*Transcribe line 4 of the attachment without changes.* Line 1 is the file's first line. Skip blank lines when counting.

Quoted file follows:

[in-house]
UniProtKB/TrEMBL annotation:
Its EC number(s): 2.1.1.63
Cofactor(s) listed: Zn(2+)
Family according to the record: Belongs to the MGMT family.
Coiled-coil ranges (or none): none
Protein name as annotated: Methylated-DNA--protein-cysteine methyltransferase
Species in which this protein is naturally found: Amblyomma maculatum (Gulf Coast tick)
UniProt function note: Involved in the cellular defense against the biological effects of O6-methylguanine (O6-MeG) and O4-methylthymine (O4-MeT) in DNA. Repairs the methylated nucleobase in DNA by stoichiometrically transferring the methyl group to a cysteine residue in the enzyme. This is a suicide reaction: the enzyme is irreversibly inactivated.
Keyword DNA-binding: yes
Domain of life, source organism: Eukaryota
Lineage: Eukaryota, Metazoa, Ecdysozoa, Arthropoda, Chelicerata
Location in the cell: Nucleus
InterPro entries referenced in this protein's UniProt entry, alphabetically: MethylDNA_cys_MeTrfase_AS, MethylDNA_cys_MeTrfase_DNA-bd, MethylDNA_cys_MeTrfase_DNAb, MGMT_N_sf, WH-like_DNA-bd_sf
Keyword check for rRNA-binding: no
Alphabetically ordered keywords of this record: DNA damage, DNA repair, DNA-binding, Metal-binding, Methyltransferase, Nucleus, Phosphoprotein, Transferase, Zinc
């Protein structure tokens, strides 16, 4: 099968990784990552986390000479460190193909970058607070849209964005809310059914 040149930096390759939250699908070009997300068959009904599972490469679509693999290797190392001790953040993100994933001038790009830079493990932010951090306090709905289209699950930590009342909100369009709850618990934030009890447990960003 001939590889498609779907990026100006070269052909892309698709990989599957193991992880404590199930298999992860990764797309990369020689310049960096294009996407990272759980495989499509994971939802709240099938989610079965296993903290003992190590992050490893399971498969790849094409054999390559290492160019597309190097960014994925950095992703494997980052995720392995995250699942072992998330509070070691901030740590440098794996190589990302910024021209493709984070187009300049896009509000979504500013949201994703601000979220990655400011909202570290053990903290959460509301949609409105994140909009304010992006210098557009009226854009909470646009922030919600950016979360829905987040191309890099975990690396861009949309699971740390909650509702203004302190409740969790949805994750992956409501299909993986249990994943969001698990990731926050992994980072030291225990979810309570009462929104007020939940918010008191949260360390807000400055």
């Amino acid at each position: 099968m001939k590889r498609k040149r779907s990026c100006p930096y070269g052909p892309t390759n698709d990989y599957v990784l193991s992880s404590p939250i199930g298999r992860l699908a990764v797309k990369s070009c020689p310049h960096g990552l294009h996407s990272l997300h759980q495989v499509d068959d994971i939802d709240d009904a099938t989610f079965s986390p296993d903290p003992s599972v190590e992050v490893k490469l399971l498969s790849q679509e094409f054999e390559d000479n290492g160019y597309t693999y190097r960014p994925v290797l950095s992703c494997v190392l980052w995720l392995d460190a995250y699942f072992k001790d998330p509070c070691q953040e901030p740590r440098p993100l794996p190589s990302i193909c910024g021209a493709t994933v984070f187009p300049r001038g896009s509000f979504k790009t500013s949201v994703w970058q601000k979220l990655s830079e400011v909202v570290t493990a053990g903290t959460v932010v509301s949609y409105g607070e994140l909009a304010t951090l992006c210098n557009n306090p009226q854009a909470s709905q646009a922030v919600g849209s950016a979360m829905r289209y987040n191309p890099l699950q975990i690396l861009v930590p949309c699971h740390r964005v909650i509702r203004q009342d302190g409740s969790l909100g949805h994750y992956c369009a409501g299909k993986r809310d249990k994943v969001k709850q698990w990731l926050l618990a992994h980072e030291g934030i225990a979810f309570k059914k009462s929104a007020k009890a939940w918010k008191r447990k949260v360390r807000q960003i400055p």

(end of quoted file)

Cofactor(s) listed: Zn(2+)